Going for a crown: Twenty-six to vie for titles Saturday

Blair County native Marci McNair is expecting her first baby in July, but it’s been a long road for her to get pregnant.

In fact, part of that journey included a bout of depression that led her to battle it with a bid for the title of Mrs. Pennsylvania International. McNair not only won the pageant last year, she also got pregnant after trying for almost three years to have a baby.

“I made myself busy preparing for the pageant,” McNair said. “I was depressed over not getting pregnant I figured the pageant would place my focus elsewhere.”

McNair, 36, said her husband, Kevin, was very supportive of her efforts to enter the pageant.

“He wanted to not see me cry each month that I wasn’t pregnant,” she said.

McNair is one of three reigning winners of a series of pageants that will be held the same night, April 5, at the Jaffa Shrine Center in Altoona. The pageants are slightly different from most people’s concept of the average beauty pageant, said Jodi Cessna, who first won the Mrs. Pennsylvania Inter-national Pageant then became a pageant director.

For one thing, the Miss Teen, Miss and Mrs. Pennsylvania International pageants, which have counterparts throughout the country and internationally, don’t have a bathing suit category. Instead, contestants compete in aerobic wear and tennis shoes, as well as evening gown events.

In addition, participants advocate a nonprofit cause such as Big Brothers Big Sisters of America or some other charitable group, Cessna said.

“There’s nothing wrong with being attractive on the inside as well as the outside,” she said.

The contestants who win spend much of their time traveling through the state and elsewhere appearing at events to promote the cause they chose, Cessna said.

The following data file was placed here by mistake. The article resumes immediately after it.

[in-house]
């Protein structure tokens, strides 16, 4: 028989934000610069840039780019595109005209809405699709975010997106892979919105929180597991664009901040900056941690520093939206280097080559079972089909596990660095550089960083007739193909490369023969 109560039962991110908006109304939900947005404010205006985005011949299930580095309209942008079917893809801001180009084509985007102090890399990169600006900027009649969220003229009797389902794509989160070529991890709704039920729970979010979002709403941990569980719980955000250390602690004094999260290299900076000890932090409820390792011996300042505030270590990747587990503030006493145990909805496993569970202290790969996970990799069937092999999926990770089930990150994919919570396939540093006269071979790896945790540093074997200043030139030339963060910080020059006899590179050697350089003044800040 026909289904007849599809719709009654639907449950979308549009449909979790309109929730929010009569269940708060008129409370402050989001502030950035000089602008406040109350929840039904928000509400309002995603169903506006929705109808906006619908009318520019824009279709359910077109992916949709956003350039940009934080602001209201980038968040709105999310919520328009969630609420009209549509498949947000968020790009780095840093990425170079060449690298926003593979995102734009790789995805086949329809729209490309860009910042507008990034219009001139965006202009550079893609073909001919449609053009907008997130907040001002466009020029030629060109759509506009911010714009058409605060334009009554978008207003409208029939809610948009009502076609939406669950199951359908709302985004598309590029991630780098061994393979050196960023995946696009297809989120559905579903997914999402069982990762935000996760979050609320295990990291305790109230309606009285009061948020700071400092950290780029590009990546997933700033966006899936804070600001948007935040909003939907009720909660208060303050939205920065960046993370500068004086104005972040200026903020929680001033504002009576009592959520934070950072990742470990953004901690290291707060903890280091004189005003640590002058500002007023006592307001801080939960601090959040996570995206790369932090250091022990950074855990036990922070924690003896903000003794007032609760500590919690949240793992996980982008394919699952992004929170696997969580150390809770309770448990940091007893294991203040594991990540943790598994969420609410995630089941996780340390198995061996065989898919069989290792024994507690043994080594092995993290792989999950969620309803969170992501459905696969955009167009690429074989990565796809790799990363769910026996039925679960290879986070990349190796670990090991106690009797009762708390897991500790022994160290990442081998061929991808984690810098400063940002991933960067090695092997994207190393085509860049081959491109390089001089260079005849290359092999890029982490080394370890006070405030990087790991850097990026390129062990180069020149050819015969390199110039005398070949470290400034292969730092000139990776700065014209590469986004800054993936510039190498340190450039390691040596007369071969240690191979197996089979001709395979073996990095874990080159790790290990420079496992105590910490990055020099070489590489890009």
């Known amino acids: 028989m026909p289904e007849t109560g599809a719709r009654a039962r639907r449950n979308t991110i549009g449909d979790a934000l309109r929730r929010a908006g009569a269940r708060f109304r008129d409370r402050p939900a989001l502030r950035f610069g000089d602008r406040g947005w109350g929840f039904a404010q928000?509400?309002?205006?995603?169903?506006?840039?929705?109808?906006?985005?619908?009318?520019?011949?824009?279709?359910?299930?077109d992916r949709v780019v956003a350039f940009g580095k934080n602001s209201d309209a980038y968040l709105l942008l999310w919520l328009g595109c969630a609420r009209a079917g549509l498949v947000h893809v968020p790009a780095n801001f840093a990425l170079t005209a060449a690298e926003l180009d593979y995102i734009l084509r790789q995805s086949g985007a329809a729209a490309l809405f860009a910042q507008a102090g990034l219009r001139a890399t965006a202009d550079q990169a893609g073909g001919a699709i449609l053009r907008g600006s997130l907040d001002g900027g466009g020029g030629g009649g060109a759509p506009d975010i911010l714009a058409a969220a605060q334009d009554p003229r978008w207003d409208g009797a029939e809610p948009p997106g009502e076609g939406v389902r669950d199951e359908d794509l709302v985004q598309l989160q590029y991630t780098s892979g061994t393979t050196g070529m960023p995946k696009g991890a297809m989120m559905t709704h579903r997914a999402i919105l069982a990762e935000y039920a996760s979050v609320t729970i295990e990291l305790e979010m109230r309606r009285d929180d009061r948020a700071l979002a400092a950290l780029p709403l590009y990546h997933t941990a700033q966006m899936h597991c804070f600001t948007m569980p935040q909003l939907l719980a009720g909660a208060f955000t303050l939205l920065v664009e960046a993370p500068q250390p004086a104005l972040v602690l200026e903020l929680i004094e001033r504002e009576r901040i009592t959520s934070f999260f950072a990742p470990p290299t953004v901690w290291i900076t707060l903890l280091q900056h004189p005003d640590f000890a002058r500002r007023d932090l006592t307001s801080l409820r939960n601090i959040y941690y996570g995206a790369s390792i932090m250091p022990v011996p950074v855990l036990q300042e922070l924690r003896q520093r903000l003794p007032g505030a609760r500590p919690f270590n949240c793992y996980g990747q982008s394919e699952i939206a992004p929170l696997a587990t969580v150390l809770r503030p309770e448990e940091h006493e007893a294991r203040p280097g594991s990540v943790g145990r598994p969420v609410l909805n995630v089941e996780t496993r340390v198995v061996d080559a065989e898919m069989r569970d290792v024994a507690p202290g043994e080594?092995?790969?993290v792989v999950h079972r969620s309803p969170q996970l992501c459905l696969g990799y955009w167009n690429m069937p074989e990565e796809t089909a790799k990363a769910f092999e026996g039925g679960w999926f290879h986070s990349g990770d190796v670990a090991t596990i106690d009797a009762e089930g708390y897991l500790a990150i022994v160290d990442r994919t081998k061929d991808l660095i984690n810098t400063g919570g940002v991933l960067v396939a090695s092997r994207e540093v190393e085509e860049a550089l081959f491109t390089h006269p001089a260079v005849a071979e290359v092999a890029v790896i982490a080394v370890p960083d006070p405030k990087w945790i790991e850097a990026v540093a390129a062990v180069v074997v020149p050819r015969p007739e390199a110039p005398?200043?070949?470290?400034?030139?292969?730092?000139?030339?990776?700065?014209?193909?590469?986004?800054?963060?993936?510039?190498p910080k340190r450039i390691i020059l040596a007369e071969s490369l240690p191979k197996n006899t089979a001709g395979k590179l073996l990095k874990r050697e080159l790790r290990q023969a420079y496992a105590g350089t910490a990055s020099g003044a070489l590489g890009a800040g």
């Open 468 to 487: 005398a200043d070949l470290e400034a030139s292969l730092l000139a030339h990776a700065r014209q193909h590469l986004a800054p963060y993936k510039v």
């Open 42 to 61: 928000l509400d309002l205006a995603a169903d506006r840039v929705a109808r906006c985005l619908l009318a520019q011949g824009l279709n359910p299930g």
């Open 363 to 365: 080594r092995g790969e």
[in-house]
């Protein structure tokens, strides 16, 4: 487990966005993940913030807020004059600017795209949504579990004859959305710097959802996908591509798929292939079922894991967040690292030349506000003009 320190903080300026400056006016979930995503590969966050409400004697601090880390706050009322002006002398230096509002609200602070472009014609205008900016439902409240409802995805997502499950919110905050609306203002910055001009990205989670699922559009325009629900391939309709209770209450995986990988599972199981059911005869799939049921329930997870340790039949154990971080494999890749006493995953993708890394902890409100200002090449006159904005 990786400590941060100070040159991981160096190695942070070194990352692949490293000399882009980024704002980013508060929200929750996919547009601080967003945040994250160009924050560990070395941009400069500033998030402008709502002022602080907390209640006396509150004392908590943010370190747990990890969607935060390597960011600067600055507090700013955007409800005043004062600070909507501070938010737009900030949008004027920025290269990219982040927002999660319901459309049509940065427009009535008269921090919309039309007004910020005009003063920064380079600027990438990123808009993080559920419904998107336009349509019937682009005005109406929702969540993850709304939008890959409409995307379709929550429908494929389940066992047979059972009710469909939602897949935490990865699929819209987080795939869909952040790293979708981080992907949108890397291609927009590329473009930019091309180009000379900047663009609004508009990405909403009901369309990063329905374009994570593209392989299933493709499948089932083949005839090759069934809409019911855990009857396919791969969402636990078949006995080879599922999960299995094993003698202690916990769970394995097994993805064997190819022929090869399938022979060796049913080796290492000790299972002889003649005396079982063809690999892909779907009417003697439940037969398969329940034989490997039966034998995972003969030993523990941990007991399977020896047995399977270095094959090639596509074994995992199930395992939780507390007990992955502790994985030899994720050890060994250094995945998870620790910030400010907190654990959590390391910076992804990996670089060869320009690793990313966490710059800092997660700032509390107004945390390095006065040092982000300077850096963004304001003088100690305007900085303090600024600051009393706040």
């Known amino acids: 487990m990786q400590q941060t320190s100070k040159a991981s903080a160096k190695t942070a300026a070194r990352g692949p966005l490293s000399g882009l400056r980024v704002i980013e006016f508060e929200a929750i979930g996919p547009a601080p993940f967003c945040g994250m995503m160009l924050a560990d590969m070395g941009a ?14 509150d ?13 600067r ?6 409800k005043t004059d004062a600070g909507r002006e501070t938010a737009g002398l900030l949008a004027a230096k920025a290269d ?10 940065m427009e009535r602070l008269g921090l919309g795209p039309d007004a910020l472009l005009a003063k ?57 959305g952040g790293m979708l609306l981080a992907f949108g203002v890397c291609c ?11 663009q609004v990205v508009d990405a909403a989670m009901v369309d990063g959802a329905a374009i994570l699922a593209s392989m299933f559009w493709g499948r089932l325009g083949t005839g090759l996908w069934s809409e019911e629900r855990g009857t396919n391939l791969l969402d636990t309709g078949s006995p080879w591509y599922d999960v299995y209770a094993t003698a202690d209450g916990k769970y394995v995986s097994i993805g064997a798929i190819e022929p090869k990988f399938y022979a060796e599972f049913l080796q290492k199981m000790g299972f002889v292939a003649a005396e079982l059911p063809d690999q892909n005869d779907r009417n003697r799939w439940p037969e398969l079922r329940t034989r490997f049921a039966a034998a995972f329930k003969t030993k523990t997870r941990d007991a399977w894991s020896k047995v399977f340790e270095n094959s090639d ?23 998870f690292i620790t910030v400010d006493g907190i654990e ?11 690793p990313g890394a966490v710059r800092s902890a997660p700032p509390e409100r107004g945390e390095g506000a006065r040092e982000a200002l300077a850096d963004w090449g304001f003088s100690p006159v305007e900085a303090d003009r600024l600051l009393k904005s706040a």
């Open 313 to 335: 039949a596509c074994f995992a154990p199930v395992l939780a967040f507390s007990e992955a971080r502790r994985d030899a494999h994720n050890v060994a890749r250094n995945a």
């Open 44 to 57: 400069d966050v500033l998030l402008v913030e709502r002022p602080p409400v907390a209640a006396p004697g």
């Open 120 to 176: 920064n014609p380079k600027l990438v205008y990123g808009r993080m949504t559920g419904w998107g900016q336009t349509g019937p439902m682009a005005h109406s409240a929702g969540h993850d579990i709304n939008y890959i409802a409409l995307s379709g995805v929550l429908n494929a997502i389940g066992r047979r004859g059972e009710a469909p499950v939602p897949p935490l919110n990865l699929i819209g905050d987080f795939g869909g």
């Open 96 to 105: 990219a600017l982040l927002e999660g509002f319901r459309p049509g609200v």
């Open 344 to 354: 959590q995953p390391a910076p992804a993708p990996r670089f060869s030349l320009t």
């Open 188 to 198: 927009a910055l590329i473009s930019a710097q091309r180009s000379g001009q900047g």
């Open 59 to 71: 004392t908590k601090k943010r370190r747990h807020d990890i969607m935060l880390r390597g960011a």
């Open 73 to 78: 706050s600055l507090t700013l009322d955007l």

“They work with all different charities throughout the year doing different events,” she said. “They’re everywhere.”

McNair, who is a pro bono attorney now living in Newtown, chose as her cause the Armed Forces Foundation that she heard about from another pageant contestant. She said her most meaningful experience as a titleholder was at a dinner at the Hunter Holmes McGuire VA Medical Center in Richmond, Va., where she first sang the National Anthem. Later she spoke with a wounded soldier from Wisconsin who was recuperating from a brain injury.

“Needless to say, he doesn’t get visitors from home,” she said. “I wouldn’t use the word lonely to describe him but I truly believed that it was therapeutic for him to talk to a new face.”

Rachel Syktich of DuBois, Miss Pennsylvania International 2013, first learned about the cause she supports when she was in elementary school.

“When I was in third grade, I struggled academically and was not very social,” she said.

Her parents, wanting her to gain more confidence, started her in Big Brothers Big Sisters where she was matched with two mentors.

“Both were fantastic,” she said. “We played games, they helped me with my homework, they believed in me.”

After Syktich won her state title, she went on to place in the top 10 in the Miss International pageant last July in Chicago. During her reign, she said her highest point was getting a $125,000 donation for Big Brothers Big Sisters from First Niagara Bank as part of the bank’s National Day of Giving.

“I know the donation will be used to help kids locally,” she said. “Even though my reign is coming to an end, I plan to continue spreading the word about the organization that made such a difference in my life.”

For another pageant winner, Ashlee Fagans of Duncansville, who is the reigning Miss Teen Pennsylvania International, winning the pageant was a dream come true.

“Ever since I was a little girl, my mother and I would go to the Jaffa to watch the pageant every year,” Fagans, 18, said. “I always said to my mom, ‘I want to do that someday!’ ‘I want that to be me!’ ”

Fagans chose as her cause pediatric cancer awareness for a very special, personal reason, because her young cousin was diagnosed with leukemia at just 18 months old. Her cousin is now 8 years old and cancer-free, but other children aren’t as fortunate, Fagans said.

“Seeing someone I love go through this opened my eyes,” she said. “That is why I have been promoting pediatric cancer (awareness) and sharing his story.”

Fagans said the past year has flown by and she feels blessed by the experiences she’s had as a pageant winner.

“I have traveled to places I never thought I would go, met inspiring people and gained friendships that I will have forever,” she said.